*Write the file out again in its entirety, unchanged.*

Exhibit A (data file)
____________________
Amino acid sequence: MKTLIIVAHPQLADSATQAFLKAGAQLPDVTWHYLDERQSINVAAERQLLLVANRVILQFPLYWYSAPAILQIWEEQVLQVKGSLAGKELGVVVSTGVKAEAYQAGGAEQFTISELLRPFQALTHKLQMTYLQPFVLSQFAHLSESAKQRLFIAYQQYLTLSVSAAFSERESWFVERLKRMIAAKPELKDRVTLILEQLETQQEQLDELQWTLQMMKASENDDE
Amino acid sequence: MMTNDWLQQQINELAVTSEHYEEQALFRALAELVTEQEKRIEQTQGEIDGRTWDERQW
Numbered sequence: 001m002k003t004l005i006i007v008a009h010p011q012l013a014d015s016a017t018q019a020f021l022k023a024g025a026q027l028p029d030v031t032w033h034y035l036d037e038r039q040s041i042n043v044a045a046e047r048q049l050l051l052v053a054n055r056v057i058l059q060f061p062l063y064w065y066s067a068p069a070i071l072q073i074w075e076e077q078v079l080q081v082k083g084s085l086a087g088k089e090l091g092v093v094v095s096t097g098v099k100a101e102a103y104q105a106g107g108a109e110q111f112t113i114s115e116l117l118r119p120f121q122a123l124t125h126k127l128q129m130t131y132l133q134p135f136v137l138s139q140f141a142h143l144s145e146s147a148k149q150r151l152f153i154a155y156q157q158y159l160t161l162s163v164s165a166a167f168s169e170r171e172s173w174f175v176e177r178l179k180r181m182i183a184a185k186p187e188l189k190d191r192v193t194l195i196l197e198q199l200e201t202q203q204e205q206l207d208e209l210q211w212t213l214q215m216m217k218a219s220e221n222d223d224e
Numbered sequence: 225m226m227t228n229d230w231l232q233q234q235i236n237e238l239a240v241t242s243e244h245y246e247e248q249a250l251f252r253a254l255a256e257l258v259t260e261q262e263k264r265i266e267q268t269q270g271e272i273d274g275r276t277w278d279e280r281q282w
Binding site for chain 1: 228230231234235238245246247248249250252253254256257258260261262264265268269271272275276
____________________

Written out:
Amino acid sequence: MKTLIIVAHPQLADSATQAFLKAGAQLPDVTWHYLDERQSINVAAERQLLLVANRVILQFPLYWYSAPAILQIWEEQVLQVKGSLAGKELGVVVSTGVKAEAYQAGGAEQFTISELLRPFQALTHKLQMTYLQPFVLSQFAHLSESAKQRLFIAYQQYLTLSVSAAFSERESWFVERLKRMIAAKPELKDRVTLILEQLETQQEQLDELQWTLQMMKASENDDE
Amino acid sequence: MMTNDWLQQQINELAVTSEHYEEQALFRALAELVTEQEKRIEQTQGEIDGRTWDERQW
Numbered sequence: 001m002k003t004l005i006i007v008a009h010p011q012l013a014d015s016a017t018q019a020f021l022k023a024g025a026q027l028p029d030v031t032w033h034y035l036d037e038r039q040s041i042n043v044a045a046e047r048q049l050l051l052v053a054n055r056v057i058l059q060f061p062l063y064w065y066s067a068p069a070i071l072q073i074w075e076e077q078v079l080q081v082k083g084s085l086a087g088k089e090l091g092v093v094v095s096t097g098v099k100a101e102a103y104q105a106g107g108a109e110q111f112t113i114s115e116l117l118r119p120f121q122a123l124t125h126k127l128q129m130t131y132l133q134p135f136v137l138s139q140f141a142h143l144s145e146s147a148k149q150r151l152f153i154a155y156q157q158y159l160t161l162s163v164s165a166a167f168s169e170r171e172s173w174f175v176e177r178l179k180r181m182i183a184a185k186p187e188l189k190d191r192v193t194l195i196l197e198q199l200e201t202q203q204e205q206l207d208e209l210q211w212t213l214q215m216m217k218a219s220e221n222d223d224e
Numbered sequence: 225m226m227t228n229d230w231l232q233q234q235i236n237e238l239a240v241t242s243e244h245y246e247e248q249a250l251f252r253a254l255a256e257l258v259t260e261q262e263k264r265i266e267q268t269q270g271e272i273d274g275r276t277w278d279e280r281q282w
Binding site for chain 1: 228230231234235238245246247248249250252253254256257258260261262264265268269271272275276